Dems Renew Push for Gun-Control Bills 12/02 06:19
LANSING, Mich. (AP) -- Democrats vowed Wednesday to push new gun-control
legislation and to try to revive stalled bills in Michigan's Republican-led
Legislature following a mass shooting that left four high school students dead
and others with serious injuries.
But GOP leaders, who have long opposed such measures and have favored looser
restrictions, did not immediately commit to policy changes.
"We can't do nothing," Sen. Rosemary Bayer, a Democrat whose district
includes Oxford High School, told reporters after senators held a moment of
silence for the dead. "We have to take action. Right this minute, today, I
think I really, really want to focus on the families and ... just trying to
help them know that we're here for them, that we're supporting them in any way
Earlier this year, mass shootings in Georgia and Colorado reignited calls
from gun-control advocates for tighter restrictions on buying firearms and
ammunition. But with Democrats in control of the federal government, gun-rights
advocates have been persuading Republican-run legislatures to go the other way,
and make it easier to obtain and carry guns.
Democratic Gov. Gretchen Whitmer, who opposes relaxing restrictions, said
gun violence is a public health crisis. She called for unspecified "actions"
beyond "thoughts and prayers" but did not elaborate. She has previously backed
a measure that would let judges order the seizure of firearms from people who
pose a significant risk to themselves or others.
In June, Bayer introduced legislation aimed at holding accountable adults
who fail to secure their firearms. The 15-year-old charged in Tuesday's
slayings, Ethan Crumbley, illegally had a handgun that his father had bought
four days earlier, authorities said.
The bill would require adults to keep a firearm in a securely locked
container if they know it is accessible to minors. If a minor obtained the gun
and used it to kill or injure, the adult would face up to five years in prison.
There would be exceptions if minors have permission for activities like target
practice and hunting.
Republicans have not held a hearing on the measure or other gun-control
"If we get obsessed with eliminating all risks, we will then develop and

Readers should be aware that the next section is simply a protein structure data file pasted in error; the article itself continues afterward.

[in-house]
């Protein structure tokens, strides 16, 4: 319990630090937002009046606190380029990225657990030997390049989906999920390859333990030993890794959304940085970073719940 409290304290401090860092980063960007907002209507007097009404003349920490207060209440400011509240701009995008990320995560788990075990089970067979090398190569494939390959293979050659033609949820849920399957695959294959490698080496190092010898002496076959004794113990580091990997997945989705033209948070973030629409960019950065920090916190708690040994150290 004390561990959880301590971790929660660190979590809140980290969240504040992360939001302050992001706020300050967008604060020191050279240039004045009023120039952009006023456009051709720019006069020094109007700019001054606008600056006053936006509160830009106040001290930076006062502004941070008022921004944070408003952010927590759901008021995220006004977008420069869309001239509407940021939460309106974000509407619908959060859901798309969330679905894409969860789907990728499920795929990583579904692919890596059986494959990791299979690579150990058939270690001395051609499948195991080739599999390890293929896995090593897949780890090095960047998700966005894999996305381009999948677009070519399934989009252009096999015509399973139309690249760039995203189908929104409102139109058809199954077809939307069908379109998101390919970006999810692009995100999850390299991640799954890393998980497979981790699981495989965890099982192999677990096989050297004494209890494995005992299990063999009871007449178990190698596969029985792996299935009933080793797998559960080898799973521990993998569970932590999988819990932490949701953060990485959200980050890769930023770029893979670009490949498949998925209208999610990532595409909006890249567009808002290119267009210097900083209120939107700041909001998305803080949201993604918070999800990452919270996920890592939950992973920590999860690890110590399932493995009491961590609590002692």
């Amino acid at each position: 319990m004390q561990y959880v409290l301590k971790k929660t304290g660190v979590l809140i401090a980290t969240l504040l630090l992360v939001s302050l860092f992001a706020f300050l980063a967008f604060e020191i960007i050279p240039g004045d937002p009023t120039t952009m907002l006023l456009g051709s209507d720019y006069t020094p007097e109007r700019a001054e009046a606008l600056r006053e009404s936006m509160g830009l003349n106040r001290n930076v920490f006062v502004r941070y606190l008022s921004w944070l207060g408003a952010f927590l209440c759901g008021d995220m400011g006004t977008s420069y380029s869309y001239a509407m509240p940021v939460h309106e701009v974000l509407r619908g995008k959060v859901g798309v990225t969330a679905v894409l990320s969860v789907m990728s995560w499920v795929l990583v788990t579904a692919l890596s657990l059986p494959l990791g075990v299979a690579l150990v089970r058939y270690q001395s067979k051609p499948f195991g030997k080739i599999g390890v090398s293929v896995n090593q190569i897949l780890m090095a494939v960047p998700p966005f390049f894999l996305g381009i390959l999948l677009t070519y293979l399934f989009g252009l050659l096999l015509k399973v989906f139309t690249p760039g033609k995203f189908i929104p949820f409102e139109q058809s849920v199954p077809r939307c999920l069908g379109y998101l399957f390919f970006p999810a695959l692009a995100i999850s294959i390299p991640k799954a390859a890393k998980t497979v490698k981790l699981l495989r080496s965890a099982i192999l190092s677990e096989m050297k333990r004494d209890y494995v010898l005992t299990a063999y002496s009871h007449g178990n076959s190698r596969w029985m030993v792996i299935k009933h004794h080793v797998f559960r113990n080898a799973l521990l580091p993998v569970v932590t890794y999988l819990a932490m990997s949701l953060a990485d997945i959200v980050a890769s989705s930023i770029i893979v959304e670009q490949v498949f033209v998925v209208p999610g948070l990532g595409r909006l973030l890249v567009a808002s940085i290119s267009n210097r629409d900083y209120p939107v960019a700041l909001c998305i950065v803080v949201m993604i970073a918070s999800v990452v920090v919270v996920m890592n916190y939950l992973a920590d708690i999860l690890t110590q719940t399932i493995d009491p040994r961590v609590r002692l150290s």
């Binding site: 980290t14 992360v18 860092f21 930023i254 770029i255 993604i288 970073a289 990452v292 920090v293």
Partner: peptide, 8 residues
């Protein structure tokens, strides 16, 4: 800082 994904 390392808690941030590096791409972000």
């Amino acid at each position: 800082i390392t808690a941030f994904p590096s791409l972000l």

evolve into a country we won't recognize because we'll also have no freedoms,"
Senate Majority Leader Mike Shirkey said. "It's a balance. It's a very narrow
road. It is hard. These kind of events keep those thoughts in mind."
He suggested there probably had been warning signs about the shooter, and he
questioned how the teen accessed the gun.
"Those kinds of things are already controllable but for maybe just missing
the signs," Shirkey said.
But Oakland County Prosecutor Karen McDonald, a Democrat whose office
charged Crumbley, called for policy changes without specifying further.
"If the incident yesterday with four children being murdered and multiple
kids being injured is not enough to revisit our gun laws, I don't know what is.
... We need to make sure and want to know that when we send our kids to school,
they're safe. Responsible gun ownership is imperative. It's critical."
Oakland County Sheriff Mike Bouchard, a Republican former legislator whose
office is investigating the shooting, said gun laws are not being utilized and
violators are being allowed to take plea deals.
"I believe the surest way to get a handle on holding people accountable when
they're doing things illegally with a gun is to punish them. That's not
happening in many communities across America today," he said.
Democratic-sponsored legislation introduced this session or in past years
would, among other things, exempt firearm safety devices from the state's sales
tax and expand universal background checks to all gun sales.
Republican-backed bills would remove the general requirement to obtain a
license to carry a concealed pistol. Rep. Steve Carra, a Three Rivers
Republican running for Congress, said he was drafting legislation to let
teachers and school staff store their personal weapons in lockboxes in case of
One area where lawmakers have found common ground in the past is security
Michigan awarded $50 million in safety grants to schools in 2018 and 2019
following the mass shooting at a Florida high school that claimed 17 lives.
Legislators and Whitmer canceled $10 million in funding planned for 2020 due to
economic declines during the coronavirus pandemic, did not provide funds in
2021 and authorized $10 million for school-safety grants in 2022.
A spending proposal advancing in the House includes $10 million to help
schools cover the cost of school-based law enforcement officers.